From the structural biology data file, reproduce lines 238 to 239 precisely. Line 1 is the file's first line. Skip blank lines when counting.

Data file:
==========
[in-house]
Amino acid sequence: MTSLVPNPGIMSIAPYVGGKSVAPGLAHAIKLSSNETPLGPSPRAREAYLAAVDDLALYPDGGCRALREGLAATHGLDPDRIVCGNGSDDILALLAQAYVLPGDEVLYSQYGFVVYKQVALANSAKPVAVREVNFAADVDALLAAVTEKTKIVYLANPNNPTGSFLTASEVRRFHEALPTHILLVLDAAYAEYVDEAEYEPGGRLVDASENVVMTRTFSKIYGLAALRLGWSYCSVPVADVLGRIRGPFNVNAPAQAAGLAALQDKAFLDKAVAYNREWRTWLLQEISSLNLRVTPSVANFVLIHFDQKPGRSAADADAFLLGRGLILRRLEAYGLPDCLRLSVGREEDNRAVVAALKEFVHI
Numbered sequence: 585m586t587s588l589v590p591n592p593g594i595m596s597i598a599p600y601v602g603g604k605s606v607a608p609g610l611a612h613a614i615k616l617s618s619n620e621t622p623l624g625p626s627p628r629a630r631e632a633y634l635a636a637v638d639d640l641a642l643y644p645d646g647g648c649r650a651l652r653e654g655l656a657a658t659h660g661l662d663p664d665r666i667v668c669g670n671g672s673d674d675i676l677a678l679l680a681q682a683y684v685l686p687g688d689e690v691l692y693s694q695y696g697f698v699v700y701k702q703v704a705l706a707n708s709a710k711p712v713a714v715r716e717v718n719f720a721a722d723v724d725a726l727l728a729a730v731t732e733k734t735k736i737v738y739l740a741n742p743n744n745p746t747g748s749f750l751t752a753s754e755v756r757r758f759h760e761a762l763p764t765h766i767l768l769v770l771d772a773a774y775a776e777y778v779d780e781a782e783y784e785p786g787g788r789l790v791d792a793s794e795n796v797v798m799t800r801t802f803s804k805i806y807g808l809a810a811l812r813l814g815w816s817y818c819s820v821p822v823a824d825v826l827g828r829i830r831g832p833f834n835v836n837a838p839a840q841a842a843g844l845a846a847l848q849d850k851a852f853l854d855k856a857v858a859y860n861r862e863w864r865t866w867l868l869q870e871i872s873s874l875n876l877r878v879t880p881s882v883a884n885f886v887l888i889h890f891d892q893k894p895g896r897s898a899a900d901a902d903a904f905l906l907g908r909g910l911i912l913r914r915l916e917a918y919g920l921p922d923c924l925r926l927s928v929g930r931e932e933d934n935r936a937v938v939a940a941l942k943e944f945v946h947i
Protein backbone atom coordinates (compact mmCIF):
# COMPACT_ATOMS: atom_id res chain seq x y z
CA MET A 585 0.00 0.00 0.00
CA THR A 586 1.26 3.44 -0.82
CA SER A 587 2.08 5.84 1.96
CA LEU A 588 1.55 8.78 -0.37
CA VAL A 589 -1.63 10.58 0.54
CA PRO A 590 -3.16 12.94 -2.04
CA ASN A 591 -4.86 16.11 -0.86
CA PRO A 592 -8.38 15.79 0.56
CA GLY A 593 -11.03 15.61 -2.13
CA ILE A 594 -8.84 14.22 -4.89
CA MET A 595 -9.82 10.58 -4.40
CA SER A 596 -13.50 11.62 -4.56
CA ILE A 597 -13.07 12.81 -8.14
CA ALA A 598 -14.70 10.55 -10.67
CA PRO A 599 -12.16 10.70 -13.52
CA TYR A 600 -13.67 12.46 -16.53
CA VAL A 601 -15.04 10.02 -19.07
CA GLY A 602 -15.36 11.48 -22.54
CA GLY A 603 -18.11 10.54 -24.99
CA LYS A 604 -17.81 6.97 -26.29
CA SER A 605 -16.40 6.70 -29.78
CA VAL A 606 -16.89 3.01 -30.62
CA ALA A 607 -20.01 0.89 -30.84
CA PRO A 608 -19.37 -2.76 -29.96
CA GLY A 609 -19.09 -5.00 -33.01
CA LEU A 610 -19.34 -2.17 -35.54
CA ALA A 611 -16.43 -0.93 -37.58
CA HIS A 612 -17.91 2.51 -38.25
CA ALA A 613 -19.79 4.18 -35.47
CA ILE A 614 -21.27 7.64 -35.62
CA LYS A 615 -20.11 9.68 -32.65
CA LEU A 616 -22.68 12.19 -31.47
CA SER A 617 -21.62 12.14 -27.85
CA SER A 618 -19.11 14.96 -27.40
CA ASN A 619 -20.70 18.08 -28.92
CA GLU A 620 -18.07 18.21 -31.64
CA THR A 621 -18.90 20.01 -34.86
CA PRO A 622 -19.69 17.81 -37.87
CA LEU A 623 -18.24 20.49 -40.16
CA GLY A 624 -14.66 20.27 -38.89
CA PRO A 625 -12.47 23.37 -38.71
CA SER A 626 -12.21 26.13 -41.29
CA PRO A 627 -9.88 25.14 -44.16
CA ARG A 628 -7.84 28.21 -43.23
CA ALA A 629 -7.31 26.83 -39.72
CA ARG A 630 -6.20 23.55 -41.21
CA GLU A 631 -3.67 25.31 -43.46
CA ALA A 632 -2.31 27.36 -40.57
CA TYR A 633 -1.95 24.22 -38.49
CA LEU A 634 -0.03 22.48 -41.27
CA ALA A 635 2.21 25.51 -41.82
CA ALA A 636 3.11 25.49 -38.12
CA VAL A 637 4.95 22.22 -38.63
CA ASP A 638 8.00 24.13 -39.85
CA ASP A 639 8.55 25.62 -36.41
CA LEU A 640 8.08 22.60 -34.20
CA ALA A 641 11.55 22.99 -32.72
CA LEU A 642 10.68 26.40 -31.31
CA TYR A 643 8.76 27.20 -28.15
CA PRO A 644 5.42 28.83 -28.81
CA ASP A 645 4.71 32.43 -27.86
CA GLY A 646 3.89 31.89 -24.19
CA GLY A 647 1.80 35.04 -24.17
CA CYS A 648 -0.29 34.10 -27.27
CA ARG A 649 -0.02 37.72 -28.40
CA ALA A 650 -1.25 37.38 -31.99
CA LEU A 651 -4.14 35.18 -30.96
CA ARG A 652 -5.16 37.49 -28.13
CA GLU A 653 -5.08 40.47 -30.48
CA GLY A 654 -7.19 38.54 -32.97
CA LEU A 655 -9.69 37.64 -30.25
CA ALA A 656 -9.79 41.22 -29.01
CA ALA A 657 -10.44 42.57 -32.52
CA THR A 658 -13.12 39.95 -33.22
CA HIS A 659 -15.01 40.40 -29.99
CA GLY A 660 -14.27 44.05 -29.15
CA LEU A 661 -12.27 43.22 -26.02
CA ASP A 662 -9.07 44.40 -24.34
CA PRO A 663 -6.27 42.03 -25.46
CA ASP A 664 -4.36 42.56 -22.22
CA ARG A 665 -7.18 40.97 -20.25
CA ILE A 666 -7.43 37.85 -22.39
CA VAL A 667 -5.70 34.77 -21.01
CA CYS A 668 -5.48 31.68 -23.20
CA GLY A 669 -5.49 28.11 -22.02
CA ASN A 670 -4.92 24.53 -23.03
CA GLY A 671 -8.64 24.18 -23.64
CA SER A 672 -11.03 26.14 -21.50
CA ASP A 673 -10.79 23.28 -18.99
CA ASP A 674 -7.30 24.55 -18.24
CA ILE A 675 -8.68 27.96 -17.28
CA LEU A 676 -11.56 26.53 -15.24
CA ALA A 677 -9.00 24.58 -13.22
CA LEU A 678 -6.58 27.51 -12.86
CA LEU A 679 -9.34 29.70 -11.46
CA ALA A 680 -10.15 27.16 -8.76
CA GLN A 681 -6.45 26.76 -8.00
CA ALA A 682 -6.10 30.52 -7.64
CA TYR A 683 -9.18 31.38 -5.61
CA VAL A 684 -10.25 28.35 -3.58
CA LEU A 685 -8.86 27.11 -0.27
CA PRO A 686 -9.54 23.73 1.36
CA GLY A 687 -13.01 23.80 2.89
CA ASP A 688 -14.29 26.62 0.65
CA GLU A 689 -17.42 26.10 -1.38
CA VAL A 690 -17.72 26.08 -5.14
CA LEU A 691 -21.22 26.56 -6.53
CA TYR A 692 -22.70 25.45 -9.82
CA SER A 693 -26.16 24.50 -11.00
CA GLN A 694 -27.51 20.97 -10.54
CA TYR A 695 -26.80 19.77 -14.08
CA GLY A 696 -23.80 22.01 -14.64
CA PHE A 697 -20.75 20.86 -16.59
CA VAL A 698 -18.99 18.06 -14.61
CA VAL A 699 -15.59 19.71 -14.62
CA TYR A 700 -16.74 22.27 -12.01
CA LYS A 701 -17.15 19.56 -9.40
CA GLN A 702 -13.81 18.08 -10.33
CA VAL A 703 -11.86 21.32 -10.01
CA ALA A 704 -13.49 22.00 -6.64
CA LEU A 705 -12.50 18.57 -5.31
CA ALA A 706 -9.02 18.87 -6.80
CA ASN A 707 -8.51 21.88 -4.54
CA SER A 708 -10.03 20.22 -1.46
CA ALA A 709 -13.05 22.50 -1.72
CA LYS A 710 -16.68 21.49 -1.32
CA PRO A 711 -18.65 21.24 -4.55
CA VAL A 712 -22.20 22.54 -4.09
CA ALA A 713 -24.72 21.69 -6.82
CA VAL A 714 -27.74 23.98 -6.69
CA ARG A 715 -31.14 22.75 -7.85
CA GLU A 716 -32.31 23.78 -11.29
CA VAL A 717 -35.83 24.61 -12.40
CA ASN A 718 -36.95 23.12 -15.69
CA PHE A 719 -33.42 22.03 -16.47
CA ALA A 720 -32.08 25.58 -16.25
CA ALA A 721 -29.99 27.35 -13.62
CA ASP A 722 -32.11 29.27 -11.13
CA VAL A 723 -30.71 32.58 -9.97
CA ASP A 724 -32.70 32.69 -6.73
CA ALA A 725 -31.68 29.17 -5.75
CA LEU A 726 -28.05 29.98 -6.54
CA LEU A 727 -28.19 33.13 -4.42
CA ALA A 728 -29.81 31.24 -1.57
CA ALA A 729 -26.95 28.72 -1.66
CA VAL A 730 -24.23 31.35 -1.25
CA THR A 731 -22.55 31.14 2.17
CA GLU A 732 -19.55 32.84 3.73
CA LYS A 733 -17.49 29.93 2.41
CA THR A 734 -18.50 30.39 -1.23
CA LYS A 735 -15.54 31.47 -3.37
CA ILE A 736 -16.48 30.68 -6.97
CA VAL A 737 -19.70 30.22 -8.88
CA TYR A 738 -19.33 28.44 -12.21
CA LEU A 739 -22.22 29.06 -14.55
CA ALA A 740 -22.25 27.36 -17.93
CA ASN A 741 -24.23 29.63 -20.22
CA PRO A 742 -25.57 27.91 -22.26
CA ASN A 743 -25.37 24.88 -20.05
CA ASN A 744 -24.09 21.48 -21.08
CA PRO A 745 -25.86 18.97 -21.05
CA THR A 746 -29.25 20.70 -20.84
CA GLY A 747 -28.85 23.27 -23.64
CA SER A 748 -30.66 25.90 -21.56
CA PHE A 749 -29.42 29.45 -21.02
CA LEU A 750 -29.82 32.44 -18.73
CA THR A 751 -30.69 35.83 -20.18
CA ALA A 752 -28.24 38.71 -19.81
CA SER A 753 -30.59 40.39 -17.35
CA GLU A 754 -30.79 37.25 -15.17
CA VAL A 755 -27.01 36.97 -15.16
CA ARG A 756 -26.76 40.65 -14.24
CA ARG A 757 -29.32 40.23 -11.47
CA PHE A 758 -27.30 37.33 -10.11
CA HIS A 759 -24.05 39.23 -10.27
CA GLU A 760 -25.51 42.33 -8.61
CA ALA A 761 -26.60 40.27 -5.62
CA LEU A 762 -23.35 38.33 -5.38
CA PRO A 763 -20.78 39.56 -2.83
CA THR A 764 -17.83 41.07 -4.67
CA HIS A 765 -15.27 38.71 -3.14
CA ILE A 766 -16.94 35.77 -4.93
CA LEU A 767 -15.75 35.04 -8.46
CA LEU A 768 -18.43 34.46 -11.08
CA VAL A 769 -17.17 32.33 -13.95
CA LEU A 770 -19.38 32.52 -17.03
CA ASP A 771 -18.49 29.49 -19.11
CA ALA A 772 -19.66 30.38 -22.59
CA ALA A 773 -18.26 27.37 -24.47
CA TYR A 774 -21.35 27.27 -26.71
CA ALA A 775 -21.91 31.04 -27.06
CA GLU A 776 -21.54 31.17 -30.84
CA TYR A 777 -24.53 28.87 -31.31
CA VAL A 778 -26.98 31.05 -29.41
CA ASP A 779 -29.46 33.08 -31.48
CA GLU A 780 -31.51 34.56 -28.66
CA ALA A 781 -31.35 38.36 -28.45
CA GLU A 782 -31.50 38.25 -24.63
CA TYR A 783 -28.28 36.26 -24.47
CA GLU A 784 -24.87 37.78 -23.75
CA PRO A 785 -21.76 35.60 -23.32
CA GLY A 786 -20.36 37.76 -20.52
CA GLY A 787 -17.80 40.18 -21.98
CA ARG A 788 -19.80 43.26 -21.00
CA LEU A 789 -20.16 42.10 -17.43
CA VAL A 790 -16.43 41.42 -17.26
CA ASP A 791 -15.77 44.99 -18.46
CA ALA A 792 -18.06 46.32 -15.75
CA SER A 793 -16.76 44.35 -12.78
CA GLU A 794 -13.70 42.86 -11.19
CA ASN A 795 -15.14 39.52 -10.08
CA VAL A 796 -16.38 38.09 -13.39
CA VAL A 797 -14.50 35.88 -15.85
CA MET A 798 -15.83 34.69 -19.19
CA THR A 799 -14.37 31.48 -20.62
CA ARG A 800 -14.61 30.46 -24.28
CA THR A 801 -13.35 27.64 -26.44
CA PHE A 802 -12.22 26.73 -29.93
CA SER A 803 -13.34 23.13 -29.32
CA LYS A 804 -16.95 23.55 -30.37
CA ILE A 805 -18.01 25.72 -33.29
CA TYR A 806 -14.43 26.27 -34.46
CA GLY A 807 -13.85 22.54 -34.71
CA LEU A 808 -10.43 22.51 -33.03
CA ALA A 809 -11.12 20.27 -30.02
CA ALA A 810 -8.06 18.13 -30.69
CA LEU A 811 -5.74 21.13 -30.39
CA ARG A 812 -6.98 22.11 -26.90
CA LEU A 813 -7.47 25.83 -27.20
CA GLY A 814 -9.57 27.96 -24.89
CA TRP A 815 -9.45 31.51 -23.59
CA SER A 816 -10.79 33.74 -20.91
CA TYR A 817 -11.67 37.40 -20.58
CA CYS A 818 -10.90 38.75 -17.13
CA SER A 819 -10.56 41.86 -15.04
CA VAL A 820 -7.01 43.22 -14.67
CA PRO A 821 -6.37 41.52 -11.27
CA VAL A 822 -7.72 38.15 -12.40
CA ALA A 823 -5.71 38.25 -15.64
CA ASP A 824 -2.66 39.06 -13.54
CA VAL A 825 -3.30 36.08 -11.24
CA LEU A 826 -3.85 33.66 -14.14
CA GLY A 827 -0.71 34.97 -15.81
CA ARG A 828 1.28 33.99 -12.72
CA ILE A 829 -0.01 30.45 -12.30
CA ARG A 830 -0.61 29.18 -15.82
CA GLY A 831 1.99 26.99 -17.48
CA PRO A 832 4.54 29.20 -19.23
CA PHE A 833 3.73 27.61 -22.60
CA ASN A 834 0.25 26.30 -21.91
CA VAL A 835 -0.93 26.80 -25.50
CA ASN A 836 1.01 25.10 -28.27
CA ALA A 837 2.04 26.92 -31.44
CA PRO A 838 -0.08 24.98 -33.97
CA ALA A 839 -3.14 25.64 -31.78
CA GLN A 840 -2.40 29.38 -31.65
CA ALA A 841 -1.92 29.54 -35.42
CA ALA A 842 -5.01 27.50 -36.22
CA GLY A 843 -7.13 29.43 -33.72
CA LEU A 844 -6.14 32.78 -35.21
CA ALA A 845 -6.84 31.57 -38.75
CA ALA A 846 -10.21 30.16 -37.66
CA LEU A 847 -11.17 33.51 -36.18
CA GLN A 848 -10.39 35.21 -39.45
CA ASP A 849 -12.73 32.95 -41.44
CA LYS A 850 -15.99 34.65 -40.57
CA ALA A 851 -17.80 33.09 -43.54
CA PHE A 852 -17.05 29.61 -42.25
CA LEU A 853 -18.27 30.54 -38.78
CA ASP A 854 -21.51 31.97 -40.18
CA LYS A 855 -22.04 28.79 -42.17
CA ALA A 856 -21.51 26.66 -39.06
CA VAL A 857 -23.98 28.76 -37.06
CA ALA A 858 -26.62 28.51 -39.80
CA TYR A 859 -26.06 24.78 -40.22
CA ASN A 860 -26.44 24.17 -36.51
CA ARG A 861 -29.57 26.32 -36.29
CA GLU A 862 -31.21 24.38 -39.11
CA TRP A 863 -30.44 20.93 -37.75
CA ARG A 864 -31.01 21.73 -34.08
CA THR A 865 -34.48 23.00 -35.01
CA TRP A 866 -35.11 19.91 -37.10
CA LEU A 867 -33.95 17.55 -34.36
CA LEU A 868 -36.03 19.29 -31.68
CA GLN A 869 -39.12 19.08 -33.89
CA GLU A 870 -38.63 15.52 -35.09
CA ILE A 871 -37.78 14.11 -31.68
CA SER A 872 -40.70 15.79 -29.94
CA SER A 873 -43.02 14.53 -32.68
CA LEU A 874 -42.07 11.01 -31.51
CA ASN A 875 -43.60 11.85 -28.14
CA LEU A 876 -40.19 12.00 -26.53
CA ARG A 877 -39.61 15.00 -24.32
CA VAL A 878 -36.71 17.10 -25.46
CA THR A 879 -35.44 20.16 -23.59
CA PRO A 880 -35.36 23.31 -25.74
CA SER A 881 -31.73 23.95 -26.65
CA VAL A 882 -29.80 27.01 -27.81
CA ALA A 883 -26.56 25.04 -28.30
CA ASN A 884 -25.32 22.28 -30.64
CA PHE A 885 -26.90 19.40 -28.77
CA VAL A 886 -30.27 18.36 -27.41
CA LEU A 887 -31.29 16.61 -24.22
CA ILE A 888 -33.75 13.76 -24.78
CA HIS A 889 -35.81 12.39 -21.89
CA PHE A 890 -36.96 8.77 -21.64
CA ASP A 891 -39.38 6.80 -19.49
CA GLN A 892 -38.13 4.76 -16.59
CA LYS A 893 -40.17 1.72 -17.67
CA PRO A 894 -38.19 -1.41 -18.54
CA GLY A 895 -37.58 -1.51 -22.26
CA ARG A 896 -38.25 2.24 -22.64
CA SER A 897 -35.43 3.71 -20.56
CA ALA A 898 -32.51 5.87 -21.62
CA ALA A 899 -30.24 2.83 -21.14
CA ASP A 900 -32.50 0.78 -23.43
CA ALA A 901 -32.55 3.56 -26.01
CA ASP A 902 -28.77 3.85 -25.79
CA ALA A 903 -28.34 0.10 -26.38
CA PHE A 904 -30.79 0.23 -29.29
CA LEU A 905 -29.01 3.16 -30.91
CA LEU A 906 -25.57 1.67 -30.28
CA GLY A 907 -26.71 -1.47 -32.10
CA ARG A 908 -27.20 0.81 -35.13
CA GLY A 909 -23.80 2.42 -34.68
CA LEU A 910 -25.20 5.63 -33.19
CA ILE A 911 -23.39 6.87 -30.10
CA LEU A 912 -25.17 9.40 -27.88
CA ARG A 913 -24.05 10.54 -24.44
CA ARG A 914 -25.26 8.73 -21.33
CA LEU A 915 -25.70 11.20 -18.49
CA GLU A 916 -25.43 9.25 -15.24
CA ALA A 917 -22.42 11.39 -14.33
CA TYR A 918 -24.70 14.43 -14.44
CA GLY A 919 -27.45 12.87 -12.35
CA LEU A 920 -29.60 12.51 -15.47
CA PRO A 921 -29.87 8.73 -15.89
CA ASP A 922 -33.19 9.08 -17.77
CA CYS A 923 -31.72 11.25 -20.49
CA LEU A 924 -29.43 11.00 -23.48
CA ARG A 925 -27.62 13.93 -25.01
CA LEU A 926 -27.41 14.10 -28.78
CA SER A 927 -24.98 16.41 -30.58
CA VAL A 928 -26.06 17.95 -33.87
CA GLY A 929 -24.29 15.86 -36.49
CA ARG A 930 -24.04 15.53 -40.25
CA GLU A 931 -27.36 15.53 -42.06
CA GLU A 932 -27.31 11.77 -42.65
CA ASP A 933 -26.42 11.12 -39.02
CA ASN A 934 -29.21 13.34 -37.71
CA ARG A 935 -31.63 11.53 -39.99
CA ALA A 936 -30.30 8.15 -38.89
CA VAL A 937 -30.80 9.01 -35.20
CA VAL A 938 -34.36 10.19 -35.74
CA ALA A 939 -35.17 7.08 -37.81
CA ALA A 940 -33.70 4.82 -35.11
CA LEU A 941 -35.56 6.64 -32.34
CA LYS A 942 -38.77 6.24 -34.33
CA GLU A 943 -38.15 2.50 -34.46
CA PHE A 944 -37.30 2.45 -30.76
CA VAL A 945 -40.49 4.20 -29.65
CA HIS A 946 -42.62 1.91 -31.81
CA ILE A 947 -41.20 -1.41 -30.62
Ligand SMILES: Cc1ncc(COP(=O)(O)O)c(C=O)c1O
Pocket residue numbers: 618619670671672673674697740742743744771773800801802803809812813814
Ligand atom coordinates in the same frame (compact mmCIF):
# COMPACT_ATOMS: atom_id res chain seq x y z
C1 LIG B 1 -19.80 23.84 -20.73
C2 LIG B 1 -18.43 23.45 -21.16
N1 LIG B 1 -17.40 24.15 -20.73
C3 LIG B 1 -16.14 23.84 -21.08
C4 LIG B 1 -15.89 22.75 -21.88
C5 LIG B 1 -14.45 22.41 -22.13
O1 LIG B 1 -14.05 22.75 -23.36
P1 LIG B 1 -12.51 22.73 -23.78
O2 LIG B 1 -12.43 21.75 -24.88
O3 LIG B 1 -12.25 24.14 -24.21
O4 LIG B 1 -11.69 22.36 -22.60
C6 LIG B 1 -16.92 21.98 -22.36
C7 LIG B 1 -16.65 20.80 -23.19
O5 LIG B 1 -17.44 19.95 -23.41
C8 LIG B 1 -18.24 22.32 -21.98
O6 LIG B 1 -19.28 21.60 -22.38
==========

CA TYR A 817 -11.67 37.40 -20.58
CA CYS A 818 -10.90 38.75 -17.13